The title of the oldest continuously operating bicycle club is a rather contested one.
Several clubs individually lay claim to this title such as the Randwick Botany Cycle Club who were originally the Botany Cycle Club (formed 1903). There was a Randwick Coogee Bicycle Club but they only survived from around 1910 to 1916. However by the late 1950s, like many other clubs, the Botany (Amateur) Cycling Club appear to be in decline. The last mention in local newspapers is in 1957. However according to the RBCC website, club races were still held in the 1976 and in 1977 a deal was struck with Randwick Council for the use of Heffron Park. It was around this time they changed their name to Randwick Botany Cycle Club (RBCC).
There is also the Bathurst Bicycle Club, who co-existed with the Bathurst Occidental Bicycle Club from 1885. According to contemporary news reports, the Bathurst Bicycle Club appears to be active till around 1928. There appears to be a Bathurst Leagues Bicycle Club in 1929 but no mention after this date.
However the Dulwich Hill Bicycle Club appears to be the only one to have retained it's original name and is also able to emphatically prove it has operated continuously since establishment in 1908. Until proven, I suspect others may have had years or even decades where the club ceased to exist. The DHBC did merge with other clubs in the 1960s, most notably the Marrickville Bicycle Club founded in 1897 and the Petersham Bicycle Club formed around 1910, but still retained its identity.
I am currently in the process of publishing an academic research paper on Australian cycle clubs in general. This will be published this month, so I might share some related points about bicycle clubs.
Bicycle clubs in Sydney
The oldest bicycle club in Australia is the Melbourne Bicycle Club (since defunct) which was established in 1878. Even though Sydney had a livelier bicycle scene than Melbourne, it took us a year before we got our act together to form the Sydney Bicycle Club in 1879. Other clubs followed, like the Suburban Bicycle Club (1882) which covered the surrounding suburbs outside of the immediate city precincts especially in the Sydney’s eastern suburbs Double Bay, Woollahra, Elizabeth Bay and other corresponding areas. Other clubs were; Redfern (1882), Balmain (1883), Burwood (1883), Manly (1885), Newington College (1886), Summer Hill (1887), St. Leonards (1887), Glebe (1887), Ashfield (Burrai-beru Bicycle Club) (1890), Ashfield (1894), Petersham’s Waratah Rovers (Apr 1896) and the Marrickville Bicycle Club (Dec 1897). At the time most clubs existed in the Inner West of Sydney, and other wealthier country towns. It is interesting to note that women dominated in a handful of these bicycle clubs. For example the Petersham 'Waratah Rovers' (1896), Kensington's 'Hampden Cycling Club', the Sydney Ladies' Bicycle Club (1899) and the 'Ladies Auxilliary' within the North Sydney Bicycle Club were dominated by women. They were not so competition (testosterone ) driven but concentrated on social touring rides to Picton, Bulli, the Shire, Akuna Bay, Richmond etc. The Waratah Rovers were one of the biggest clubs in NSW in the early 1900s but appeared to wane by around 1912. There was another club in that area, the Petersham Bicycle Club, which was formed around 1910 and appeared to have a more conventional male-orientated racing program until the 1960s when it merged with the DHBC.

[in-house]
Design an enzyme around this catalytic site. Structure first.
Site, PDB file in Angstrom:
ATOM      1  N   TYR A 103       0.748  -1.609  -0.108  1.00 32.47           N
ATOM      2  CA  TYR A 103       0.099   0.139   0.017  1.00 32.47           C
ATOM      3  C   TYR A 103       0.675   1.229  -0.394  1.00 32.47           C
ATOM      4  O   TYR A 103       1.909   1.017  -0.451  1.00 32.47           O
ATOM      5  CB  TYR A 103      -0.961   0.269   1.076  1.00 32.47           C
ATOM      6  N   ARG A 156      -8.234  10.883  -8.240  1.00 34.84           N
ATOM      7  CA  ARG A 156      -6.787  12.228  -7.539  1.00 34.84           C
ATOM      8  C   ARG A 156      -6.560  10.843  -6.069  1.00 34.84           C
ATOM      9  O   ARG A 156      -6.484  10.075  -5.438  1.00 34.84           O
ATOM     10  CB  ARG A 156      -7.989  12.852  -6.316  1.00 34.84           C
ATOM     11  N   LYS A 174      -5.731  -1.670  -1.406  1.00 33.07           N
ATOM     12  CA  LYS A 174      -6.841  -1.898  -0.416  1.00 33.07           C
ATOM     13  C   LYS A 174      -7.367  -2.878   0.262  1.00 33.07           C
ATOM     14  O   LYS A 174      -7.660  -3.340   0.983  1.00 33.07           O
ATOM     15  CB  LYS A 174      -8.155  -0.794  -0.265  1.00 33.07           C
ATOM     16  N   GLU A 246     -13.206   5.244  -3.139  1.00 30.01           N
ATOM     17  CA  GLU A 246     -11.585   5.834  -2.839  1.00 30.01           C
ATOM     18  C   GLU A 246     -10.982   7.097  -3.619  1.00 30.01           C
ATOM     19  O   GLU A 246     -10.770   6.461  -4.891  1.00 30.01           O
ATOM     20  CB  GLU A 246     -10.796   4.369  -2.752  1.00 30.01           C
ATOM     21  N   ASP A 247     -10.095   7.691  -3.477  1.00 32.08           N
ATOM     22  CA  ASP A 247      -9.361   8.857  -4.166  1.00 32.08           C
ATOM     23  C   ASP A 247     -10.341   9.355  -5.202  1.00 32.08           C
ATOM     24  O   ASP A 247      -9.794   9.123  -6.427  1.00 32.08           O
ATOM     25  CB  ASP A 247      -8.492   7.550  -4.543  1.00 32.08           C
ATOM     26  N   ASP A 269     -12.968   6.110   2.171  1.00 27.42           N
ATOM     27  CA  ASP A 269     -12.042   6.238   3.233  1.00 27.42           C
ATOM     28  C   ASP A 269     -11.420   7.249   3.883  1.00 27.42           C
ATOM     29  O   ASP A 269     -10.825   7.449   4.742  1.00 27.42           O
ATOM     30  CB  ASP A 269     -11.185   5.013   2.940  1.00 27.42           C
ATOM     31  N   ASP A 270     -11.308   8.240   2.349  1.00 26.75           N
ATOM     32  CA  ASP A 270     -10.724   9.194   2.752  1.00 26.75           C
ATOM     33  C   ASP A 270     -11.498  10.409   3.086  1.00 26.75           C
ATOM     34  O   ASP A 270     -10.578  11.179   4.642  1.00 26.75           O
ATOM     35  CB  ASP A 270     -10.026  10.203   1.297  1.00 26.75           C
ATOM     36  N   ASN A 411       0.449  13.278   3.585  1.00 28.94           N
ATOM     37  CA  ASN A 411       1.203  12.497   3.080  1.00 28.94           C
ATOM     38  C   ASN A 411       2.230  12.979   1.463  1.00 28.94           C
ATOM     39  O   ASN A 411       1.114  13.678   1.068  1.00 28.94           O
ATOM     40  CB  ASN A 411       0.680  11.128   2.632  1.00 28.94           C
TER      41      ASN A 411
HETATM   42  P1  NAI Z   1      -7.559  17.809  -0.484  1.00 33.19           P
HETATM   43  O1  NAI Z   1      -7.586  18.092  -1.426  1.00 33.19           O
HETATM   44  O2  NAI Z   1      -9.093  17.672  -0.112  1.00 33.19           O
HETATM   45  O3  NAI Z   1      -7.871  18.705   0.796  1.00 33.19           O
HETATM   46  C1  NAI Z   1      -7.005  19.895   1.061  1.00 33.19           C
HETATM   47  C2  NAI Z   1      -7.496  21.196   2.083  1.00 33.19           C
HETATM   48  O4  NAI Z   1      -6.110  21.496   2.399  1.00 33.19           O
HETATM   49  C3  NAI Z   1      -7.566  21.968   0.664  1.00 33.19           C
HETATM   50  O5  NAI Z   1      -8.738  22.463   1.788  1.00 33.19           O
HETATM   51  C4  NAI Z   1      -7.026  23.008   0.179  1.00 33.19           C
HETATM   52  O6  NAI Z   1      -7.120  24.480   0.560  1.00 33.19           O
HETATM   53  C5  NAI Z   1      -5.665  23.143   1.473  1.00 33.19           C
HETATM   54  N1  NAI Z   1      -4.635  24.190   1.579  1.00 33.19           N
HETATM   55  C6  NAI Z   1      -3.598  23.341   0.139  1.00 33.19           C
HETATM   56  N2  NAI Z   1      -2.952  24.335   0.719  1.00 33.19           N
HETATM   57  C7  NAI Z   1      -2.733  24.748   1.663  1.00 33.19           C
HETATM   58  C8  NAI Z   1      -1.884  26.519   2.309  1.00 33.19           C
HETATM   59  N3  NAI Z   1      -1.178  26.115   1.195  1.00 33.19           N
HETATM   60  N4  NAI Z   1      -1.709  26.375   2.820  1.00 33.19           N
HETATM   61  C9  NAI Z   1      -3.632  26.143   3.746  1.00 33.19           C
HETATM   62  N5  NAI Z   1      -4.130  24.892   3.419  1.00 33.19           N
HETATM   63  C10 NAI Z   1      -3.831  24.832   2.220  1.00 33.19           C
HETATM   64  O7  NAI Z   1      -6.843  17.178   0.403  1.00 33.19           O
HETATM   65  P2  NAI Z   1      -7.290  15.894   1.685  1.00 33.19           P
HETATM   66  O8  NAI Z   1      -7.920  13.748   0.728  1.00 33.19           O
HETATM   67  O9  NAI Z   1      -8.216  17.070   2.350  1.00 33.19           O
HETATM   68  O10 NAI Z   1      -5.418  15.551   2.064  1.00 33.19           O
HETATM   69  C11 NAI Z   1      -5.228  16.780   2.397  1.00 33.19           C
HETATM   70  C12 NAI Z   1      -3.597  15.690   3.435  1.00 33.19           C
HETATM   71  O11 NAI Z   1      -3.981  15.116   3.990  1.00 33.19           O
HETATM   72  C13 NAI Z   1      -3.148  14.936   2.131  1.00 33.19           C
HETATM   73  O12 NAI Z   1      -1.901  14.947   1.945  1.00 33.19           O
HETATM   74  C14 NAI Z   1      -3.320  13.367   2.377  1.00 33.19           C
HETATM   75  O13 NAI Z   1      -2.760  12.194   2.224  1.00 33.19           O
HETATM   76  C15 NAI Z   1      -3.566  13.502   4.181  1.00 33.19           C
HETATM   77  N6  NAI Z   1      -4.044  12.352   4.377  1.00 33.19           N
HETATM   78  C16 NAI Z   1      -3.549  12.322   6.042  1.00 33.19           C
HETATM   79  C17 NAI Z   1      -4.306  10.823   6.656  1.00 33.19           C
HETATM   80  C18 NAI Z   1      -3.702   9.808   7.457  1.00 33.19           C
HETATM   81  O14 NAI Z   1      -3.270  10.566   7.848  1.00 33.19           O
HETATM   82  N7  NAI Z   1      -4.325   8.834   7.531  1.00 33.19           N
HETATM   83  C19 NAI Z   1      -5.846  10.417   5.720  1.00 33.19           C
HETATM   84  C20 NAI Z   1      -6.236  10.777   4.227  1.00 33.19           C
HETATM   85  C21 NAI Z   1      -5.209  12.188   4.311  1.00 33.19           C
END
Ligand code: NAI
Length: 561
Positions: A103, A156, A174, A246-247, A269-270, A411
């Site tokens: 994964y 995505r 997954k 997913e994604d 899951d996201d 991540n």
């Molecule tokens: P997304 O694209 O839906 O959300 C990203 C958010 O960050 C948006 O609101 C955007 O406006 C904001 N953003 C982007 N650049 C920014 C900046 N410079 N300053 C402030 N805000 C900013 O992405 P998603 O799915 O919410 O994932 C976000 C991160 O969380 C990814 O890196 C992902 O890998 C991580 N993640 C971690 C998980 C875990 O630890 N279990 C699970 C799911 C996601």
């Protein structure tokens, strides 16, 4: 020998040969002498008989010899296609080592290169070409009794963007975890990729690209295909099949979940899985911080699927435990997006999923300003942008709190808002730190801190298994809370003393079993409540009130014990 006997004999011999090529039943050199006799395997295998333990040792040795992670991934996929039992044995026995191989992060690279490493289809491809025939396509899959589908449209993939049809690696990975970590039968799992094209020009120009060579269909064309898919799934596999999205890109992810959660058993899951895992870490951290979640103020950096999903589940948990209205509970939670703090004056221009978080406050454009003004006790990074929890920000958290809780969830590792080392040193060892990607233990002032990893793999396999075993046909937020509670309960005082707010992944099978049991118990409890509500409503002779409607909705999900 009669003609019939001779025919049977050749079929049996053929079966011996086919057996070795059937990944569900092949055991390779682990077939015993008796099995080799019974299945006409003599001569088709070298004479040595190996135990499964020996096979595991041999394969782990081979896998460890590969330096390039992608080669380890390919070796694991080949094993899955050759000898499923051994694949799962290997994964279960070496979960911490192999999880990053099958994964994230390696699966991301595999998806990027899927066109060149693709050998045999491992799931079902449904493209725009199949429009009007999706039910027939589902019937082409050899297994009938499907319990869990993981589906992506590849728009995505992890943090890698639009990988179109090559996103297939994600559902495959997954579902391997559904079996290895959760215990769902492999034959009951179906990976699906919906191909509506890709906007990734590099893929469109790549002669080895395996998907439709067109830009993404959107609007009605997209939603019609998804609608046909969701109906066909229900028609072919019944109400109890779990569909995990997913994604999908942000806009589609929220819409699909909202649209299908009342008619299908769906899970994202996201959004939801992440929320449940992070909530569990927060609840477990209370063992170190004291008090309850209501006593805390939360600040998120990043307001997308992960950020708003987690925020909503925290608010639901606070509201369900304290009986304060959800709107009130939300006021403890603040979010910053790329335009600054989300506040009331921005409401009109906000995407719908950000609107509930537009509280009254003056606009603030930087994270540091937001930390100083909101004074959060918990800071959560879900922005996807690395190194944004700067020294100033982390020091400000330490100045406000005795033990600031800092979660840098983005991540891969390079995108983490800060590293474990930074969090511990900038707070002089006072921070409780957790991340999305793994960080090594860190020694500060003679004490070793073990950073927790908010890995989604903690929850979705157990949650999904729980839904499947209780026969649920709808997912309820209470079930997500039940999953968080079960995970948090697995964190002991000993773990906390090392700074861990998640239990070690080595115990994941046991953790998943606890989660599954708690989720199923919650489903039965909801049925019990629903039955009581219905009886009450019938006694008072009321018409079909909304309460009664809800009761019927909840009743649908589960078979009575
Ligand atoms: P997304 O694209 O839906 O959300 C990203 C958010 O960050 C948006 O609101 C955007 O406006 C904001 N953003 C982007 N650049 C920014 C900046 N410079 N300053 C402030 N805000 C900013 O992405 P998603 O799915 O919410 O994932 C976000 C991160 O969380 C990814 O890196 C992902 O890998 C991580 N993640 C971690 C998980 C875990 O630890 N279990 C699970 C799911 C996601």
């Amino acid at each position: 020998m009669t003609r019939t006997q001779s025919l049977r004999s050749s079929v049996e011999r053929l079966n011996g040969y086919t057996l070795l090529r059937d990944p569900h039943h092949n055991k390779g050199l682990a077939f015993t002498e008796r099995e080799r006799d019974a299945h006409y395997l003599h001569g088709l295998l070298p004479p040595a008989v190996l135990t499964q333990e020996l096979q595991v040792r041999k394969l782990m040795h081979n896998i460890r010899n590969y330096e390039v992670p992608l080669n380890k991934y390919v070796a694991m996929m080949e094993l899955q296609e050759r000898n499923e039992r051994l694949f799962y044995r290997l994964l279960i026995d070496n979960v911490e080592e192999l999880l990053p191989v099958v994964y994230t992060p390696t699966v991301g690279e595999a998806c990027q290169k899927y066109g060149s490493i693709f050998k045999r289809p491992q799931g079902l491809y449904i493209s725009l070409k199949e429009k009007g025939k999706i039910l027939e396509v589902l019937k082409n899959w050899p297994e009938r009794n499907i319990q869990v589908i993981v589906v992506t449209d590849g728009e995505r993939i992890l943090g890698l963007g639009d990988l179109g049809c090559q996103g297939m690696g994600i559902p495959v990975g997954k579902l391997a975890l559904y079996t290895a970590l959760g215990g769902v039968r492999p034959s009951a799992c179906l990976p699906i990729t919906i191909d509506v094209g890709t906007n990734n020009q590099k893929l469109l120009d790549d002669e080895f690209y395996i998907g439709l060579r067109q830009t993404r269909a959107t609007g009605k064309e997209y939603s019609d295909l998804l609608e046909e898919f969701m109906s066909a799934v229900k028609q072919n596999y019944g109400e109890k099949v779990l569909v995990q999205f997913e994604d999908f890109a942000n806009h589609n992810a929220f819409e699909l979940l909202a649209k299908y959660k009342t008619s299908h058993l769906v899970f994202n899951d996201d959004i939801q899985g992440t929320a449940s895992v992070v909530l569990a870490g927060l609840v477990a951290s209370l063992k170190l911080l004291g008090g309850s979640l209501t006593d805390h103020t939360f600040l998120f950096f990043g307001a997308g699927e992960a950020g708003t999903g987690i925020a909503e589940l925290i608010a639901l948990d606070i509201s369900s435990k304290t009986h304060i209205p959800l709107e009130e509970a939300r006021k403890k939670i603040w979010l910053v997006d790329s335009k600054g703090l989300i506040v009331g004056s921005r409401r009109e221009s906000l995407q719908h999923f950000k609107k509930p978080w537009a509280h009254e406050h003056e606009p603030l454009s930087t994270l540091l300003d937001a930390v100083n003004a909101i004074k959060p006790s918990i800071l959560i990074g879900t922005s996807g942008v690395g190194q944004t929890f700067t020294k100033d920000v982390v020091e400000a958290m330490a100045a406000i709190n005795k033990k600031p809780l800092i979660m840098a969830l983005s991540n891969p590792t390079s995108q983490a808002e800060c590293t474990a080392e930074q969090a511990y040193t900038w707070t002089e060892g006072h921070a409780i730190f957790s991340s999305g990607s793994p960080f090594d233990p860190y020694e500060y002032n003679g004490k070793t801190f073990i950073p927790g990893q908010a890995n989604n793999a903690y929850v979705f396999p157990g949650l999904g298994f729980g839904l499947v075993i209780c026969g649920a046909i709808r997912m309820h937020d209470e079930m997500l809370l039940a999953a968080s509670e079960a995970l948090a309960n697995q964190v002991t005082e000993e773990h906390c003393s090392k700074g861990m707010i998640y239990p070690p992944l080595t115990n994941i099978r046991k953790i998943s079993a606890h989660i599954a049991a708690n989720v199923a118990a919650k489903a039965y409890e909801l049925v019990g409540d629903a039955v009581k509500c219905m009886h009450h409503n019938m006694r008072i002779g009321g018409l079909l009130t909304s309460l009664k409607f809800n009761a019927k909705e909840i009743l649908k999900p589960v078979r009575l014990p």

Growth in bicycle clubs hit new highs after 1900 when the prices of bicycles dropped massively. Only after 1900 did many working class communities (and suburbs) take to the bicycle and form clubs. Prior to about 1900, it was largely a rich (1869-1896) to middle class (from early 1890s) person's pass time.
Petersham's Waratah Rovers at Bulli, 1896.
Petersham's Waratah Rovers Bicycle Club, c. 1896
Cycling at Centennial Park in 1900 on the newly constructed cycle path
The Sydney Bicycle Club remained the mainstay of the cycle clubs in NSW for decades. In the 1900s, it changed it name to the Sydney Bicycle and Motorcycle Club to incorporate new forms of motorised vehicles coming into vogue among the rich. It remained in operation in the Sydney CBD until 1981 when it sold much of its club contents and abandoned it's club premises. It continued to the early to mid 1990s before it folded soon after. However the name, Sydney Bicycle Club was resurrected in recent years, I suspect from around 2008. They are not the oldest club in NSW even though they share the same name as their 1879 predecessor.
The start of the cycling season in c. April every year. Approx 200 Penny Farthings down Parramatta Rd heading west to Ashfield or south to Botany
Decline and mergers in the 1950s and '60s
Since the 1950s, there was a slow but growing decrease in cycling and cycling clubs. This came about as cars and motorcycles became cheaper and therefore affordable to people living in our neighbourhoods. Local clubs began to fold up, firstly Petersham Bicycle Club and then the Marrickville Bicycle Club in 1965. Their already dwindling membership was merged with the DHBC. Other clubs in the Inner West died during this period, such as the Burwood-Enfield Bicycle Club and the Newtown Bicycle Club, just to name a few.
A place for those keen on vintage and retro bikes - steel is real.
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